The terracotta colour scheme and semi-circular varieties utilized all through this Hong Kong cafe by architecture corporations Studio Etain Ho and Absence from Island spend homage to Uluru and Australia’s spectacular sunsets.

a person walking down a street in front of a building: Exterior of Today is Long cafe by Studio Etain Ho and Absence from Island

© Supplied by Dezeen
Exterior of These days is Very long cafe by Studio Etain Ho and Absence from Island

Positioned on a road corner in Hong Kong‘s Sai Ying Pun district, the 30-sq.-metre cafe sits at the base of an previous apartment making.

a vase of flowers on a plant: Above: Today is Long features semi-circular windows and murals. Top image: It is located at the bottom of an old apartment block. Photo is courtesy of Dypiem

© Supplied by Dezeen
Over: Today is Very long characteristics semi-round windows and murals. Best impression: It is positioned at the base of an aged condominium block. Photo is courtesy of Dypiem

It has a generous facade and a limited, triangular plan into which the architects have managed to squeeze a compact kitchen area and bar spot with a serving counter, as nicely as an place of bench seating and two bogs.

Termed These days is Lengthy, the cafe is owned by a barista and a community-relations supervisor, who bonded around their shared like of espresso and the fact they’d equally invested time learning and operating in Australia.

a person standing in front of a building: The lower part of the cafe's facade is wrapped in terracotta-coloured tiles. Photo is courtesy of Liz Eatery

© Offered by Dezeen
The reduced component of the cafe’s facade is wrapped in terracotta-coloured tiles. Photograph is courtesy of Liz Eatery

“The cafe is a area to dwelling their fond reminiscences of Australia and the good coffee that would make their everyday living,” discussed Etain Ho, who also runs Absence from Island alongside its founder Chi Chun Tang.

“They would incredibly much like to share the espresso with area inhabitants and to make the cafe into a social hub.”

The owners’ love for Australia has been translated into the style and design in the sort a heat orange palette knowledgeable by the colours of dusk and the country’s famous organic landmark Uluru, also known as Ayers Rock, which is a sandstone monolith in the Northern Territory.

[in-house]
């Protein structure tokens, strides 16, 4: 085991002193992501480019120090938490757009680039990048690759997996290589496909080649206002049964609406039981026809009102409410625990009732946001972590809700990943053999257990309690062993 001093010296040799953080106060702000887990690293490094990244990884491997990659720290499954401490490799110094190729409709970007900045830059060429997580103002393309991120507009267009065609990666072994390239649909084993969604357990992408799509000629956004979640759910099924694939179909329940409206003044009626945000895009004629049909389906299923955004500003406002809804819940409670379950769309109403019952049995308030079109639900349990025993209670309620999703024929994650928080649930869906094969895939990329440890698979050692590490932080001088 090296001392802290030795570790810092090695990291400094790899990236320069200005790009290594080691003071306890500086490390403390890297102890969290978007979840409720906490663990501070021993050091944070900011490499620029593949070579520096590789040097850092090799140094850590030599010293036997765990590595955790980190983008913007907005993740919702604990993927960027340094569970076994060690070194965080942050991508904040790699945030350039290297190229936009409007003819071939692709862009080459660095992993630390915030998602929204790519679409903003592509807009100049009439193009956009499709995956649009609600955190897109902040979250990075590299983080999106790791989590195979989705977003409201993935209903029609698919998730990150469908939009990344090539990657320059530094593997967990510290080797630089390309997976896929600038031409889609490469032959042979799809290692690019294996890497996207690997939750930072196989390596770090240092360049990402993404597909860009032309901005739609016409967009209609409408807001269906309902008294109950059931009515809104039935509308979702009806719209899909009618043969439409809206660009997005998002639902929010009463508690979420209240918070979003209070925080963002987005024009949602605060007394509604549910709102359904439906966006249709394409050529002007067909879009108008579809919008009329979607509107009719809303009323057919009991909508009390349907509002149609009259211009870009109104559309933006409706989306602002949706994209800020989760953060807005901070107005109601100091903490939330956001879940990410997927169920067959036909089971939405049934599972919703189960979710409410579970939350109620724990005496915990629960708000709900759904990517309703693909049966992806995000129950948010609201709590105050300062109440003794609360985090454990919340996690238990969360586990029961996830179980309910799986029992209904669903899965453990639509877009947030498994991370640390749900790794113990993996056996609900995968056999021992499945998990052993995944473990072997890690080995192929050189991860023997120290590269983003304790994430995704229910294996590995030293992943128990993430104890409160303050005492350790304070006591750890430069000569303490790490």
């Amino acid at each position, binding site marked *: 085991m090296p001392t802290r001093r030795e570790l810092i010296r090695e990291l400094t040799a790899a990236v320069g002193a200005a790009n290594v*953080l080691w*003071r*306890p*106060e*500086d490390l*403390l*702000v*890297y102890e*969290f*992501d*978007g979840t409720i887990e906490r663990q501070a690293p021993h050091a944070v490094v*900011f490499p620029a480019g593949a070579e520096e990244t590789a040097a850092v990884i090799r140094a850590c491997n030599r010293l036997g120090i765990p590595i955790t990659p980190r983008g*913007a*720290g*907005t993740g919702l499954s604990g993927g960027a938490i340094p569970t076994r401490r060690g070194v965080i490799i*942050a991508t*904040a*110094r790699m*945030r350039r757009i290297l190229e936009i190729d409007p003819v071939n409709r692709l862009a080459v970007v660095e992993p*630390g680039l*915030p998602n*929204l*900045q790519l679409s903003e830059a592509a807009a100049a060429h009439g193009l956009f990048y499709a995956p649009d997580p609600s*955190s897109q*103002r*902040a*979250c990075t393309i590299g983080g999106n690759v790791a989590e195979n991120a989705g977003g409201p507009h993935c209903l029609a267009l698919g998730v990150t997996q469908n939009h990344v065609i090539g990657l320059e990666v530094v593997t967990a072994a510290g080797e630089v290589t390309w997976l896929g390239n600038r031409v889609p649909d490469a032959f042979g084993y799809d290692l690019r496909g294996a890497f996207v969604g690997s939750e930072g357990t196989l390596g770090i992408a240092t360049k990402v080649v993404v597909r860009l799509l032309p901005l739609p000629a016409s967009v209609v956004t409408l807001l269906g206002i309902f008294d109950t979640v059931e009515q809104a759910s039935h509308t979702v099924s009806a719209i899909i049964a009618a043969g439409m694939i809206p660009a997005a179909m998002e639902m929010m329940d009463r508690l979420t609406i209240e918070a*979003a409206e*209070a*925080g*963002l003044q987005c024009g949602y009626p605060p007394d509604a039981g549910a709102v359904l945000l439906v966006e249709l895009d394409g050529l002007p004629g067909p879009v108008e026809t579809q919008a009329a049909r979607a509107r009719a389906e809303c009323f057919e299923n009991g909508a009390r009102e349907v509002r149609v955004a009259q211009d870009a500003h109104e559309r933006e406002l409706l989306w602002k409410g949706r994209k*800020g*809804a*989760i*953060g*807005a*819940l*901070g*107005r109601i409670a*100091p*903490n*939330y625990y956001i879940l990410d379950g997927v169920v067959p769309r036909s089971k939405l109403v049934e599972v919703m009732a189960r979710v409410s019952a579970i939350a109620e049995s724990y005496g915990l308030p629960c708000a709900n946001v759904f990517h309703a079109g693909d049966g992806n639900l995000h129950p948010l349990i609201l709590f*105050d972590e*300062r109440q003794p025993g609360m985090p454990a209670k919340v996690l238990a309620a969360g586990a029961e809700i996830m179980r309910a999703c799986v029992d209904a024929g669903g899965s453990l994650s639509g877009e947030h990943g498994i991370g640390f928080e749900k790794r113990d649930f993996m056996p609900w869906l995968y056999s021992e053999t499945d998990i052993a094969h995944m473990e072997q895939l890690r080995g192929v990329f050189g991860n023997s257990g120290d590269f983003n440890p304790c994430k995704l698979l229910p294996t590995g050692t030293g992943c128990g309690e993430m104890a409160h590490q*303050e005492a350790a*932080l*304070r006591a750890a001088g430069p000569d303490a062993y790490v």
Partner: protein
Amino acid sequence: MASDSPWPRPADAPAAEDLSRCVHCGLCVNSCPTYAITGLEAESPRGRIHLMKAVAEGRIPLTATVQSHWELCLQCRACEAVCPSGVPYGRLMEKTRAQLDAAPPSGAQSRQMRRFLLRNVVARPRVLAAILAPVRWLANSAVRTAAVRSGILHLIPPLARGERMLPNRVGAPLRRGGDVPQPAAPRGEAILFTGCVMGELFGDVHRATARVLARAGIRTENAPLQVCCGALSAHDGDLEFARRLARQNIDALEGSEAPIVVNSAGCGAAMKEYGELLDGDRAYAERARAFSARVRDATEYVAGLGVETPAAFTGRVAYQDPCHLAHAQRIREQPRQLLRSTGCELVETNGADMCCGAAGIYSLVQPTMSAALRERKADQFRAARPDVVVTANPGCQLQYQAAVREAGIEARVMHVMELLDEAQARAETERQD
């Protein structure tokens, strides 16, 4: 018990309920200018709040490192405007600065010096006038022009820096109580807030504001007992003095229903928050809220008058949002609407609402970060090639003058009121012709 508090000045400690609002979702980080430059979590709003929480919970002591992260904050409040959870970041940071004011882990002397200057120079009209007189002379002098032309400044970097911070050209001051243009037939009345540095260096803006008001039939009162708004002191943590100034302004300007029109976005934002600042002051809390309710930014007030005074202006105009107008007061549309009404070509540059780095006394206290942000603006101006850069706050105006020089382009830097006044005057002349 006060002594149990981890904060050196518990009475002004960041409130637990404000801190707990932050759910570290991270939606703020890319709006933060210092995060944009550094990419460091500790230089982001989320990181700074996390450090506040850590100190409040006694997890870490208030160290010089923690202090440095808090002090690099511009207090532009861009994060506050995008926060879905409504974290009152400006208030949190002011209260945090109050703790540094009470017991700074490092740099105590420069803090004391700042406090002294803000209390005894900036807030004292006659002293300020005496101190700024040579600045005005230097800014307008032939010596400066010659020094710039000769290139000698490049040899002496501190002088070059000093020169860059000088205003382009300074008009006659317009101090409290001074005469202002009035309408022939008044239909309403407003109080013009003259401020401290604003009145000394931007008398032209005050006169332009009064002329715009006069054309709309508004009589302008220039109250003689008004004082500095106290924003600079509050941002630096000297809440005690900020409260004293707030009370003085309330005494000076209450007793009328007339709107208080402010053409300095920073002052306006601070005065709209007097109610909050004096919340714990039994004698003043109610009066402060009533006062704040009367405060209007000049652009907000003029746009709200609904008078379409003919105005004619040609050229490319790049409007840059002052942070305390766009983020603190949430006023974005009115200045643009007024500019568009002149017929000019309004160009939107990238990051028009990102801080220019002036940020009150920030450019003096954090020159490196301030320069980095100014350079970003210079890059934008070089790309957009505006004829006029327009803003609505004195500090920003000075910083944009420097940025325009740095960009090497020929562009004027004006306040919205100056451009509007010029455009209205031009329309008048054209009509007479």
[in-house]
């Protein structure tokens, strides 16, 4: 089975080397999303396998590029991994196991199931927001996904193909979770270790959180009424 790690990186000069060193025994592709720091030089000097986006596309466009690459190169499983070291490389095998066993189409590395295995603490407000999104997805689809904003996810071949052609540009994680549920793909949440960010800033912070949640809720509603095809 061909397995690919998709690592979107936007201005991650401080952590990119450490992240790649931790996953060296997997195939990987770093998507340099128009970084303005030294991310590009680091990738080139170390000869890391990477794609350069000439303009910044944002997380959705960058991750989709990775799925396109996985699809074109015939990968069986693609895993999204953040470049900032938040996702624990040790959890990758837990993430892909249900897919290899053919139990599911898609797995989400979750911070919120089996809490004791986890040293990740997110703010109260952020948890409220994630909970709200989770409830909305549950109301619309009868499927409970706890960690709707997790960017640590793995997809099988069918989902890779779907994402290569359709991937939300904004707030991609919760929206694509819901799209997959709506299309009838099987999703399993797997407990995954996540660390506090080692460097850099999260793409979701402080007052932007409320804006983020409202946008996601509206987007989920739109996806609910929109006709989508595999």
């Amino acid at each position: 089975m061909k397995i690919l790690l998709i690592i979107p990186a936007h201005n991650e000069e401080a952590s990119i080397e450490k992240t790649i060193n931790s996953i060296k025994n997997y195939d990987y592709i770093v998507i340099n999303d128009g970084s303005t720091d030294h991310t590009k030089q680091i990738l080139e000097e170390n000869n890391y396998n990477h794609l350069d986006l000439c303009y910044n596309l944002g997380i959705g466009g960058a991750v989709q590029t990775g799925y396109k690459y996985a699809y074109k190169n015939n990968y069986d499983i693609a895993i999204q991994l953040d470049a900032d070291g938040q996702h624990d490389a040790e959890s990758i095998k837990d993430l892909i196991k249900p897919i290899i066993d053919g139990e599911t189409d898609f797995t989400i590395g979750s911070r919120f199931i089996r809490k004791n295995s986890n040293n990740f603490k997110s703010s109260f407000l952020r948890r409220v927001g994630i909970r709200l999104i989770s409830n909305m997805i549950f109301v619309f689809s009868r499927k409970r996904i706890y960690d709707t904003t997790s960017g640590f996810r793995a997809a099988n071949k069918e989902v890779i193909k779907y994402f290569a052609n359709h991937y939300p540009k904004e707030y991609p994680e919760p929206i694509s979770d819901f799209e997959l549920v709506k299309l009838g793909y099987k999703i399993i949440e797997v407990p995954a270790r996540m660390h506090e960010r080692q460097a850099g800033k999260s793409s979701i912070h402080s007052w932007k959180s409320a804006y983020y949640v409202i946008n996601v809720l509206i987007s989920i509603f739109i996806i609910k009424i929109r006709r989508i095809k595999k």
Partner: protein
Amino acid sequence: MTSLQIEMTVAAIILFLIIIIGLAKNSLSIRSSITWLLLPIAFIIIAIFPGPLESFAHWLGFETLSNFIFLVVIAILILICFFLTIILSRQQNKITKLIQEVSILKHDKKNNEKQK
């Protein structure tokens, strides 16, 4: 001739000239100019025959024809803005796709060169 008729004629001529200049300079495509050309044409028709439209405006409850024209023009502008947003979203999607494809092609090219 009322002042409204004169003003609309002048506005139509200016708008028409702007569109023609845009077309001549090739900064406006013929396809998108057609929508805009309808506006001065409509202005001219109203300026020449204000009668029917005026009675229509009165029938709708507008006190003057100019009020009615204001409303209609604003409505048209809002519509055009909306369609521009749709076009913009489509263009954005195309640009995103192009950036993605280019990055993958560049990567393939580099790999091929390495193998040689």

As effectively as the colour plan, the hemispherical shape of a location sunshine has been integrated into the cafe’s walls and home windows,  forming a distinct geometrical facade that distinguishes the cafe from its grey concrete surroundings.

A tunnel above the entrance houses potted plants

© Delivered by Dezeen
A tunnel earlier mentioned the entrance houses potted plants

Gallery: 8 awesome attic makeovers you have to see (Lovemoney)

a living room filled with furniture and a window: A loft conversion is a convenient and money-savvy way to increase square footage in your home. Losing draughty and drab storage space at the top of the house is a small sacrifice to gain a beautiful ensuite bedroom, heavenly home office or a cool kids' hang out. Click or scroll through and check out these real before and after attic renovations that reach whole new levels...

One of the semi-round windows is recessed above the cafe’s entrance, producing a sheltered, terracotta-coloured tunnel for housing potted vegetation.

A equivalent form is carved into the wall beneath the take-away counter window and rotated sideways to generate the rounded rectangle that acts as Now is Long’s largest window.

a living room filled with furniture and a large window: Bench seating runs along the window

© Offered by Dezeen
Bench seating operates together the window

A strip of fired ceramic tiles that recall the texture of Uluru’s sunbaked sandstone wraps the lower portion of the cafe’s exterior, extending the heat orange colour plan to the road.

Within, the generous windows, white partitions and terrazzo floor make a gentle and open up place. A corner of everyday, stepped bench seating topped with terracotta tiles is dotted with potted plants and framed by a semi-circular mural.

a close up of a painted wall: Greenery is integrated liberally into the design. Photo is courtesy of Liz Eatery

© Delivered by Dezeen
Greenery is integrated liberally into the layout. Photograph is courtesy of Liz Eatery

“Australia has generally been blessed with ample quantities of sunlight, so a lot of white has been utilized collectively with the big home windows to enhance the bright and ethereal environment,” spelled out Etain Ho.

“Spaces have been reserved less than the entrance arch, seating area and the overhead storage for vegetation in get to produce a environmentally friendly, lush and natural environment. Coffee grains used in the cafe will also be recycled as fertiliser for the vegetation.”

The sign bearing the cafe's acronym hangs above the door

© Offered by Dezeen
The sign bearing the cafe’s acronym hangs above the doorway

Studio Etain Ho and Absence from Island are not the 1st style studio to use sunset colours to brighten up a gray urban context.

In Tokyo, community designer Yota Kakuda enlivened a cheese tart store with a transparent acrylic counter coloured in a gradient of shiny pink, orange, yellow and lime.

All pictures is by Fo Visuals except if otherwise mentioned.

The put up Australia’s spectacular landscape and sunsets inform style and design of Hong Kong cafe appeared 1st on Dezeen.